Emily Oster

5 min Read Emily Oster

Emily Oster

Is There Too Much Fluoride in Drinking Water?

The evidence on exposure

Emily Oster

5 min Read

Fluoride in water is a topic that seems both incredibly mundane — how does one get excited about municipal water fluoridation? — and deeply fraught. Last weekend a reader sent me a plea to write about this, forwarding along a message from her father (apparently one of many) about how we are all being poisoned by fluoride

The truth leans far more to the mundane than the spicy, but I’ll try to keep it hot here with some meta-analysis graphs. 

The central tension in this discussion is between the benefits of fluoride, which is in tooth health, and some possible neurodevelopmental risk from exposure in childhood and in utero. To evaluate this tradeoff, we need to look at the strength of evidence on both sides.

Benefits of fluoride

At some level, the answer to whether fluoride benefits teeth is an obvious “yes.” We have a lot of both theory and evidence to support this. Topical fluoride rinses, for example, have been shown in many randomized trials to improve dental health and reduce cavities. Fluoride works by interfering with the ability of oral bacteria to make acid, among other benefits. 

Fluoride can be found in various sources (groundwater, some foods, toothpaste, mouth rinses), but not everyone gets adequate amounts. The decades-old solution, at least in some areas, was to add fluoride to the municipal water supply. This increases the amount that everyone gets, just as a part of their natural water-drinking.

There is a strong equity argument for fluoride in water, since cavities are more common in lower-income areas. This may be true for many reasons, but providing equitable access to fluoride is a possible blanket solution.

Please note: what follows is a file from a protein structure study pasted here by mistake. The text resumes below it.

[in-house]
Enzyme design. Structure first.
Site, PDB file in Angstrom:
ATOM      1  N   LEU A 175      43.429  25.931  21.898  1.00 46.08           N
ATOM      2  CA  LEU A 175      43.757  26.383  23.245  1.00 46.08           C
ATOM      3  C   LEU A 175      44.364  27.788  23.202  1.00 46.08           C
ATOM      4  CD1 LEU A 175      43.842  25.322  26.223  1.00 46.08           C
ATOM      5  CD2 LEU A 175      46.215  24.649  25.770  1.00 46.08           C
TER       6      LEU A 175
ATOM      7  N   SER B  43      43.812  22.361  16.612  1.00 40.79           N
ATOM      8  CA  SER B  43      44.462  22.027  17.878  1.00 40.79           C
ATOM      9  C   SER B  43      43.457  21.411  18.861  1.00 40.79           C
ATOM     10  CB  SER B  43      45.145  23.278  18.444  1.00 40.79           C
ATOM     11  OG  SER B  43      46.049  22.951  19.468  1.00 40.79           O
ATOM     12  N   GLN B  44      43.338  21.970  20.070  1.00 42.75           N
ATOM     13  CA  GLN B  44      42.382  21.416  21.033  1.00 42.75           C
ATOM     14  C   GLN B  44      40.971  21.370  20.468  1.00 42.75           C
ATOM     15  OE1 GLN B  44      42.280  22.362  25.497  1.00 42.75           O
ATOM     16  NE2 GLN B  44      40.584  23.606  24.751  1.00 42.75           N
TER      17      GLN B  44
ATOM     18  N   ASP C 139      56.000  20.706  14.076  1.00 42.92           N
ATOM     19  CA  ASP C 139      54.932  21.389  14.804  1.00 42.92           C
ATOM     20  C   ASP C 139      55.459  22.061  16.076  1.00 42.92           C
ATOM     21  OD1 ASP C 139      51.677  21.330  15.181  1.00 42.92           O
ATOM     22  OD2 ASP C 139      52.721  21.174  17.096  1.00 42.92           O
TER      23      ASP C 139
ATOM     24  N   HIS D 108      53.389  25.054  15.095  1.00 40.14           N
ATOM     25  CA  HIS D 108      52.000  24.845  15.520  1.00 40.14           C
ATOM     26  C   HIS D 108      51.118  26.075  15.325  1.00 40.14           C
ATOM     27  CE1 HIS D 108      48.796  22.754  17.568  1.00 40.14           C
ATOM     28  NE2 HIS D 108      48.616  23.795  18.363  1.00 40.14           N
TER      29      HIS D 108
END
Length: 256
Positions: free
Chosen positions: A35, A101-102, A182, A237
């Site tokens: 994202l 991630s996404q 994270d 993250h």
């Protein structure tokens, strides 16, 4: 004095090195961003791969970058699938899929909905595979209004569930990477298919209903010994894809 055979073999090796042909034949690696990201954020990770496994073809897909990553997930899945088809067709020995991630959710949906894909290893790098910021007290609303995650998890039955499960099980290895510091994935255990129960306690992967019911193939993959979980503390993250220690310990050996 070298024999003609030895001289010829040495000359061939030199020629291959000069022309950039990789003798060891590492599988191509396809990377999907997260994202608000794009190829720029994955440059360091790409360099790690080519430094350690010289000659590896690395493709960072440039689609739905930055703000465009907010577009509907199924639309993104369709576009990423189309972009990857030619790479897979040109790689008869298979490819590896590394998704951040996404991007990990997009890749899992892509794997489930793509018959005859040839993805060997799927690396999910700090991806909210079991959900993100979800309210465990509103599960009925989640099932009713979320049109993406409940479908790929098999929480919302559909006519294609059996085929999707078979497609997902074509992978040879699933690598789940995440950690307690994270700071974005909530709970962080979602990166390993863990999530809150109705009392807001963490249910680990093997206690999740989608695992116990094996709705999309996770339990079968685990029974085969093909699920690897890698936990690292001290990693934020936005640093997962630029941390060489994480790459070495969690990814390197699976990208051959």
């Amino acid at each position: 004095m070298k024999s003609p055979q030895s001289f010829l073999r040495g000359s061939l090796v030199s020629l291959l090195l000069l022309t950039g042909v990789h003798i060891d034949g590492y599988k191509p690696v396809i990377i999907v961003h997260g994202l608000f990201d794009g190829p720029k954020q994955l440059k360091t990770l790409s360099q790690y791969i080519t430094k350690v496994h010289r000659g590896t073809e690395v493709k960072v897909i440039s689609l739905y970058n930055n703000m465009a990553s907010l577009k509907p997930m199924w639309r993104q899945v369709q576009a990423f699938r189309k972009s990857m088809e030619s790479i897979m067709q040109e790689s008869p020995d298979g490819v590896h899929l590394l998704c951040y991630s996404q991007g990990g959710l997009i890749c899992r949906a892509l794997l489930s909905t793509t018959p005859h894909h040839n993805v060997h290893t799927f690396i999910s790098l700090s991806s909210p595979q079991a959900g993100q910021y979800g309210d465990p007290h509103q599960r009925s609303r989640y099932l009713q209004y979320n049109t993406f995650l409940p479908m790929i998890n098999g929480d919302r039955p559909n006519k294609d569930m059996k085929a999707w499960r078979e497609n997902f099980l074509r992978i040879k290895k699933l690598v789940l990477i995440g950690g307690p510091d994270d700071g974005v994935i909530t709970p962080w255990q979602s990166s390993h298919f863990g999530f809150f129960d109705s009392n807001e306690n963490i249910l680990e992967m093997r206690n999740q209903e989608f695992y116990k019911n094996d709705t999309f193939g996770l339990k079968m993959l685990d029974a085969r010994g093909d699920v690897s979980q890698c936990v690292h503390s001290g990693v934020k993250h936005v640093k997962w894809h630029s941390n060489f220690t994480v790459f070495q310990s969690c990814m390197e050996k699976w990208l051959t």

The question of whether fluoride in water is effective is a bit more complicated than the question of whether fluoride in general is good for teeth. If people are getting enough fluoride in their diet, then the water fluoridation may be unnecessary. Having said that, a review of data on this topic does show a significant reduction in cavities after water fluoridation is introduced. Most of this data is from before 1975, but it’s not clear why things would be very different now. 

Overall: there are many reasons, both theoretical and data-based, to think that having fluoride in municipal water could decrease cavities and improve tooth health. 

Possible fluoride risks

The primary concern raised with fluoride is the possible impacts — either through prenatal or early life exposure — on developmental measures like child IQ. These claims have led some municipalities to avoid water fluoridation, despite the likely benefits to dental health. 

The literature informing this debate is large and dates back many decades. The results appear at first glance fairly confusing — some studies link higher rates of water fluoride to lower IQ; others do not. Ultimately, though, we can understand this data by seeing that very high fluoride levels are bad, but these levels are not reached by water fluoridation programs run by municipalities.

The best visualization of this comes from this summary paper, published in 2023. What these authors do is combine a large number of studies that all do basically the same thing: look at the relationship between water fluoride levels and child IQ. Their insight, though, is to separate these studies into those where the average level of fluoride is high versus low.

Fluoride levels are measured in milligrams per liter (mg/L). The authors have one group of studies in which the “high” fluoride areas have an average of 3.7 mg/L and the “low” areas an average of 0.7 mg/L. These studies are mostly run in India and China, where fluoride levels are high (not due to municipal fluoride but for other reasons).  

They then have a second group of studies in which the “high” fluoride areas have an average of 0.9 mg/L and the low ones an average of 0.3 mg/L. These studies are mostly run in Canada and Mexico and, at least in the Canadian case, have levels that reflect municipal fluoride.